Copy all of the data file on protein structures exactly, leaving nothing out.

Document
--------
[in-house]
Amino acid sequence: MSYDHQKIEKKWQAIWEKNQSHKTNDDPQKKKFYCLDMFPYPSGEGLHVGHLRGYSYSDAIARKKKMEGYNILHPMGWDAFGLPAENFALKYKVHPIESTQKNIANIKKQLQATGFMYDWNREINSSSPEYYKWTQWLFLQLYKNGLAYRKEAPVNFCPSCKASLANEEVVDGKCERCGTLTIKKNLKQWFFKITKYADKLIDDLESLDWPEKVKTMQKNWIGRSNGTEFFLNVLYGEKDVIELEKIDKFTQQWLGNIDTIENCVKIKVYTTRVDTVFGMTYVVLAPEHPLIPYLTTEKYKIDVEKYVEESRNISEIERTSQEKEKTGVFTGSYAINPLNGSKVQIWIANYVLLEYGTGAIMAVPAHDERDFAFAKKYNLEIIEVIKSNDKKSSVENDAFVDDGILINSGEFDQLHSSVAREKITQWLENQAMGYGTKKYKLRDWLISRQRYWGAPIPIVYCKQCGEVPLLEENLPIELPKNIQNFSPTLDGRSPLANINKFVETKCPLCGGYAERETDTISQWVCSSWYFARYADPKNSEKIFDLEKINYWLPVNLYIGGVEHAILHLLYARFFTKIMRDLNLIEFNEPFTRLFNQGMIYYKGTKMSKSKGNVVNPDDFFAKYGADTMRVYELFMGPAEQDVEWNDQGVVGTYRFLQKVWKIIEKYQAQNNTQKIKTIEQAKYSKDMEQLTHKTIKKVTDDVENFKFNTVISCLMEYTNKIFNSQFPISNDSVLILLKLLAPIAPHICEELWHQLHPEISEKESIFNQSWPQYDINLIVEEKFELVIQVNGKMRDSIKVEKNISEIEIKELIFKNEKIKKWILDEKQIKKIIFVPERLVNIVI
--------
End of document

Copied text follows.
[in-house]
Amino acid sequence: MSYDHQKIEKKWQAIWEKNQSHKTNDDPQKKKFYCLDMFPYPSGEGLHVGHLRGYSYSDAIARKKKMEGYNILHPMGWDAFGLPAENFALKYKVHPIESTQKNIANIKKQLQATGFMYDWNREINSSSPEYYKWTQWLFLQLYKNGLAYRKEAPVNFCPSCKASLANEEVVDGKCERCGTLTIKKNLKQWFFKITKYADKLIDDLESLDWPEKVKTMQKNWIGRSNGTEFFLNVLYGEKDVIELEKIDKFTQQWLGNIDTIENCVKIKVYTTRVDTVFGMTYVVLAPEHPLIPYLTTEKYKIDVEKYVEESRNISEIERTSQEKEKTGVFTGSYAINPLNGSKVQIWIANYVLLEYGTGAIMAVPAHDERDFAFAKKYNLEIIEVIKSNDKKSSVENDAFVDDGILINSGEFDQLHSSVAREKITQWLENQAMGYGTKKYKLRDWLISRQRYWGAPIPIVYCKQCGEVPLLEENLPIELPKNIQNFSPTLDGRSPLANINKFVETKCPLCGGYAERETDTISQWVCSSWYFARYADPKNSEKIFDLEKINYWLPVNLYIGGVEHAILHLLYARFFTKIMRDLNLIEFNEPFTRLFNQGMIYYKGTKMSKSKGNVVNPDDFFAKYGADTMRVYELFMGPAEQDVEWNDQGVVGTYRFLQKVWKIIEKYQAQNNTQKIKTIEQAKYSKDMEQLTHKTIKKVTDDVENFKFNTVISCLMEYTNKIFNSQFPISNDSVLILLKLLAPIAPHICEELWHQLHPEISEKESIFNQSWPQYDINLIVEEKFELVIQVNGKMRDSIKVEKNISEIEIKELIFKNEKIKKWILDEKQIKKIIFVPERLVNIVI